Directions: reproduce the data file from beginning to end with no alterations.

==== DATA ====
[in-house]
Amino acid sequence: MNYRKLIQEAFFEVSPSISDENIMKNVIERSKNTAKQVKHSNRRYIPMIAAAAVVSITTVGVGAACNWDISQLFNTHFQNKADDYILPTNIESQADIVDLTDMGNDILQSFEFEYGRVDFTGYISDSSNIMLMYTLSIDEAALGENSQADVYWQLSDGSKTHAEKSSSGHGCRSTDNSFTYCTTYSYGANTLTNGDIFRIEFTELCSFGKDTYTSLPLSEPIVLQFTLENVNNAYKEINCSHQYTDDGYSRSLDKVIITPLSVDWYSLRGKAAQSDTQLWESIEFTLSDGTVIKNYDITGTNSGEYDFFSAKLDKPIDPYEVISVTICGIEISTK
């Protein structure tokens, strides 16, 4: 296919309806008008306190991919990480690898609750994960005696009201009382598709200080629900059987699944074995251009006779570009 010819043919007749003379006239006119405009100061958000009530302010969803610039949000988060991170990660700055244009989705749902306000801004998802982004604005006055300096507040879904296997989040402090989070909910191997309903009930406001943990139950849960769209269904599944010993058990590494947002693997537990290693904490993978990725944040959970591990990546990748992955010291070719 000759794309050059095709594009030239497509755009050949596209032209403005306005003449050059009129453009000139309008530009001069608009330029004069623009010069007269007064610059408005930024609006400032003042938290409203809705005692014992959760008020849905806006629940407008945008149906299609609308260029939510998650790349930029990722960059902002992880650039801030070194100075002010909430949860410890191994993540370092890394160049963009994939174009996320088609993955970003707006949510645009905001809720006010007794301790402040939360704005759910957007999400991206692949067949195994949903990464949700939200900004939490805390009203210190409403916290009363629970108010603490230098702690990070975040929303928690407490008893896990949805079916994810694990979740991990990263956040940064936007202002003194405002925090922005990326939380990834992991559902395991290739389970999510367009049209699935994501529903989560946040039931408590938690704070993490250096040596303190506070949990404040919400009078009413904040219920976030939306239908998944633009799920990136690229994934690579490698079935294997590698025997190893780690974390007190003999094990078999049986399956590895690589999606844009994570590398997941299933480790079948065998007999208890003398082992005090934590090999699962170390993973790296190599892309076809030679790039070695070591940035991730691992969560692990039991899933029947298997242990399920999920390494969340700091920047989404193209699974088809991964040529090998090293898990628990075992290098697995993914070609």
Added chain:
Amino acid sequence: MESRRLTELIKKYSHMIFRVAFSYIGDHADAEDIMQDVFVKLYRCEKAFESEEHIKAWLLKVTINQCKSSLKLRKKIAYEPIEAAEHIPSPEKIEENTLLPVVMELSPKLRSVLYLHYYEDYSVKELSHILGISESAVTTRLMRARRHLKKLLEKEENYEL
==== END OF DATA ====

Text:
[in-house]
Amino acid sequence: MNYRKLIQEAFFEVSPSISDENIMKNVIERSKNTAKQVKHSNRRYIPMIAAAAVVSITTVGVGAACNWDISQLFNTHFQNKADDYILPTNIESQADIVDLTDMGNDILQSFEFEYGRVDFTGYISDSSNIMLMYTLSIDEAALGENSQADVYWQLSDGSKTHAEKSSSGHGCRSTDNSFTYCTTYSYGANTLTNGDIFRIEFTELCSFGKDTYTSLPLSEPIVLQFTLENVNNAYKEINCSHQYTDDGYSRSLDKVIITPLSVDWYSLRGKAAQSDTQLWESIEFTLSDGTVIKNYDITGTNSGEYDFFSAKLDKPIDPYEVISVTICGIEISTK
């Protein structure tokens, strides 16, 4: 296919309806008008306190991919990480690898609750994960005696009201009382598709200080629900059987699944074995251009006779570009 010819043919007749003379006239006119405009100061958000009530302010969803610039949000988060991170990660700055244009989705749902306000801004998802982004604005006055300096507040879904296997989040402090989070909910191997309903009930406001943990139950849960769209269904599944010993058990590494947002693997537990290693904490993978990725944040959970591990990546990748992955010291070719 000759794309050059095709594009030239497509755009050949596209032209403005306005003449050059009129453009000139309008530009001069608009330029004069623009010069007269007064610059408005930024609006400032003042938290409203809705005692014992959760008020849905806006629940407008945008149906299609609308260029939510998650790349930029990722960059902002992880650039801030070194100075002010909430949860410890191994993540370092890394160049963009994939174009996320088609993955970003707006949510645009905001809720006010007794301790402040939360704005759910957007999400991206692949067949195994949903990464949700939200900004939490805390009203210190409403916290009363629970108010603490230098702690990070975040929303928690407490008893896990949805079916994810694990979740991990990263956040940064936007202002003194405002925090922005990326939380990834992991559902395991290739389970999510367009049209699935994501529903989560946040039931408590938690704070993490250096040596303190506070949990404040919400009078009413904040219920976030939306239908998944633009799920990136690229994934690579490698079935294997590698025997190893780690974390007190003999094990078999049986399956590895690589999606844009994570590398997941299933480790079948065998007999208890003398082992005090934590090999699962170390993973790296190599892309076809030679790039070695070591940035991730691992969560692990039991899933029947298997242990399920999920390494969340700091920047989404193209699974088809991964040529090998090293898990628990075992290098697995993914070609």
Added chain:
Amino acid sequence: MESRRLTELIKKYSHMIFRVAFSYIGDHADAEDIMQDVFVKLYRCEKAFESEEHIKAWLLKVTINQCKSSLKLRKKIAYEPIEAAEHIPSPEKIEENTLLPVVMELSPKLRSVLYLHYYEDYSVKELSHILGISESAVTTRLMRARRHLKKLLEKEENYEL